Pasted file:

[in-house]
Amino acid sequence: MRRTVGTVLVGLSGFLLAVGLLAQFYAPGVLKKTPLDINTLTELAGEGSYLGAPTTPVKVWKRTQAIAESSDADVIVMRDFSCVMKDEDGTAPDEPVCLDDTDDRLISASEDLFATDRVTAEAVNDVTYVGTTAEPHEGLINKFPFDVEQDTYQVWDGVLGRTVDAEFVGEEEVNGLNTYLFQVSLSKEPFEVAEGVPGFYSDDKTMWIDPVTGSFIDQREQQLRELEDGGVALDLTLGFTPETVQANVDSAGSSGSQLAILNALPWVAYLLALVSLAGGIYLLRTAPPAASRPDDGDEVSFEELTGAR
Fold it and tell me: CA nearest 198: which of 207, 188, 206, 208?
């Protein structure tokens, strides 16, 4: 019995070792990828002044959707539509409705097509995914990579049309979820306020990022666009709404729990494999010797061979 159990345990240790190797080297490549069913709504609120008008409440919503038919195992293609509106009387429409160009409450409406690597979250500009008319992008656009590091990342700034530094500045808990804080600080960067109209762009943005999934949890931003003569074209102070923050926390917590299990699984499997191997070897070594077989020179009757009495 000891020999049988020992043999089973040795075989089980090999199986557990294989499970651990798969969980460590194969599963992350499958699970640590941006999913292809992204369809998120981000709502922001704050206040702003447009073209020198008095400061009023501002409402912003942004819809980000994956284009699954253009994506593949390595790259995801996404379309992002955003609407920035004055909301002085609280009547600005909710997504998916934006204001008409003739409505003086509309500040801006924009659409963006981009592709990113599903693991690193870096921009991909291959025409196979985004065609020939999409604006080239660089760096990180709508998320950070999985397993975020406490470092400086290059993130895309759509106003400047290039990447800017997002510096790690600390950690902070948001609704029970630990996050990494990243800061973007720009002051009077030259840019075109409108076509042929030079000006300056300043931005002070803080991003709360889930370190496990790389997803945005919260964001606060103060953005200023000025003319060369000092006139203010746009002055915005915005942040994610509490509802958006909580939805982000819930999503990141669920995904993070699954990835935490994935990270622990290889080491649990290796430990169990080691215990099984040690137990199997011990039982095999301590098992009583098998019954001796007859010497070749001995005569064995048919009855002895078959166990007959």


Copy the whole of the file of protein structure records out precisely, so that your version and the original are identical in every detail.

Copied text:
[in-house]
Amino acid sequence: MRRTVGTVLVGLSGFLLAVGLLAQFYAPGVLKKTPLDINTLTELAGEGSYLGAPTTPVKVWKRTQAIAESSDADVIVMRDFSCVMKDEDGTAPDEPVCLDDTDDRLISASEDLFATDRVTAEAVNDVTYVGTTAEPHEGLINKFPFDVEQDTYQVWDGVLGRTVDAEFVGEEEVNGLNTYLFQVSLSKEPFEVAEGVPGFYSDDKTMWIDPVTGSFIDQREQQLRELEDGGVALDLTLGFTPETVQANVDSAGSSGSQLAILNALPWVAYLLALVSLAGGIYLLRTAPPAASRPDDGDEVSFEELTGAR
Fold it and tell me: CA nearest 198: which of 207, 188, 206, 208?
């Protein structure tokens, strides 16, 4: 019995070792990828002044959707539509409705097509995914990579049309979820306020990022666009709404729990494999010797061979 159990345990240790190797080297490549069913709504609120008008409440919503038919195992293609509106009387429409160009409450409406690597979250500009008319992008656009590091990342700034530094500045808990804080600080960067109209762009943005999934949890931003003569074209102070923050926390917590299990699984499997191997070897070594077989020179009757009495 000891020999049988020992043999089973040795075989089980090999199986557990294989499970651990798969969980460590194969599963992350499958699970640590941006999913292809992204369809998120981000709502922001704050206040702003447009073209020198008095400061009023501002409402912003942004819809980000994956284009699954253009994506593949390595790259995801996404379309992002955003609407920035004055909301002085609280009547600005909710997504998916934006204001008409003739409505003086509309500040801006924009659409963006981009592709990113599903693991690193870096921009991909291959025409196979985004065609020939999409604006080239660089760096990180709508998320950070999985397993975020406490470092400086290059993130895309759509106003400047290039990447800017997002510096790690600390950690902070948001609704029970630990996050990494990243800061973007720009002051009077030259840019075109409108076509042929030079000006300056300043931005002070803080991003709360889930370190496990790389997803945005919260964001606060103060953005200023000025003319060369000092006139203010746009002055915005915005942040994610509490509802958006909580939805982000819930999503990141669920995904993070699954990835935490994935990270622990290889080491649990290796430990169990080691215990099984040690137990199997011990039982095999301590098992009583098998019954001796007859010497070749001995005569064995048919009855002895078959166990007959």